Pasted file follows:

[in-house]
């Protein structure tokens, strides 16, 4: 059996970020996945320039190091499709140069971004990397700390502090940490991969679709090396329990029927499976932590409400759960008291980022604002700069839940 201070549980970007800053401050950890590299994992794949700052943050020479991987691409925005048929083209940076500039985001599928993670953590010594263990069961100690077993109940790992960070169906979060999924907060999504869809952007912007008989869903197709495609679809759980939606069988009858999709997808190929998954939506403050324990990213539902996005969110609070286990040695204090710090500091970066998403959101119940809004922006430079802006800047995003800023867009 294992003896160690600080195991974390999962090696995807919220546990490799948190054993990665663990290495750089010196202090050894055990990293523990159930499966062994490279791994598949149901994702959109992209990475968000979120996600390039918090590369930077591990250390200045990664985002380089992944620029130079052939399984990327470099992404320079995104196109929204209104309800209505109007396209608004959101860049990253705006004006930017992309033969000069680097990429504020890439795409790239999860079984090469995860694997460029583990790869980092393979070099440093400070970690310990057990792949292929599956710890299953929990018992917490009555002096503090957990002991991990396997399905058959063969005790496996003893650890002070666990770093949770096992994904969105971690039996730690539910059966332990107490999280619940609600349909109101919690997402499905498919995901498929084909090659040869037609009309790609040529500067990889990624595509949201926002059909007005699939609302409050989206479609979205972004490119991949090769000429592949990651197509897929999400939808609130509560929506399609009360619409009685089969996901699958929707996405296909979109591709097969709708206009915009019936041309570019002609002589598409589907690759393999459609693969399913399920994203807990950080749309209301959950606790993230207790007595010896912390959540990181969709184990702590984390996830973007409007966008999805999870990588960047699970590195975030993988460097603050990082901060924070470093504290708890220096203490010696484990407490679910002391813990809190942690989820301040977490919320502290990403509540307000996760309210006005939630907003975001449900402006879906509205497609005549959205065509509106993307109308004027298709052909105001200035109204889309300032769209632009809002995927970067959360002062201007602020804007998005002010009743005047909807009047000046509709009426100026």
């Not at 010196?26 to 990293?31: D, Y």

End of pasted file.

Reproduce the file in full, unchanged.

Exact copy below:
[in-house]
């Protein structure tokens, strides 16, 4: 059996970020996945320039190091499709140069971004990397700390502090940490991969679709090396329990029927499976932590409400759960008291980022604002700069839940 201070549980970007800053401050950890590299994992794949700052943050020479991987691409925005048929083209940076500039985001599928993670953590010594263990069961100690077993109940790992960070169906979060999924907060999504869809952007912007008989869903197709495609679809759980939606069988009858999709997808190929998954939506403050324990990213539902996005969110609070286990040695204090710090500091970066998403959101119940809004922006430079802006800047995003800023867009 294992003896160690600080195991974390999962090696995807919220546990490799948190054993990665663990290495750089010196202090050894055990990293523990159930499966062994490279791994598949149901994702959109992209990475968000979120996600390039918090590369930077591990250390200045990664985002380089992944620029130079052939399984990327470099992404320079995104196109929204209104309800209505109007396209608004959101860049990253705006004006930017992309033969000069680097990429504020890439795409790239999860079984090469995860694997460029583990790869980092393979070099440093400070970690310990057990792949292929599956710890299953929990018992917490009555002096503090957990002991991990396997399905058959063969005790496996003893650890002070666990770093949770096992994904969105971690039996730690539910059966332990107490999280619940609600349909109101919690997402499905498919995901498929084909090659040869037609009309790609040529500067990889990624595509949201926002059909007005699939609302409050989206479609979205972004490119991949090769000429592949990651197509897929999400939808609130509560929506399609009360619409009685089969996901699958929707996405296909979109591709097969709708206009915009019936041309570019002609002589598409589907690759393999459609693969399913399920994203807990950080749309209301959950606790993230207790007595010896912390959540990181969709184990702590984390996830973007409007966008999805999870990588960047699970590195975030993988460097603050990082901060924070470093504290708890220096203490010696484990407490679910002391813990809190942690989820301040977490919320502290990403509540307000996760309210006005939630907003975001449900402006879906509205497609005549959205065509509106993307109308004027298709052909105001200035109204889309300032769209632009809002995927970067959360002062201007602020804007998005002010009743005047909807009047000046509709009426100026």
């Not at 010196?26 to 990293?31: D, Y």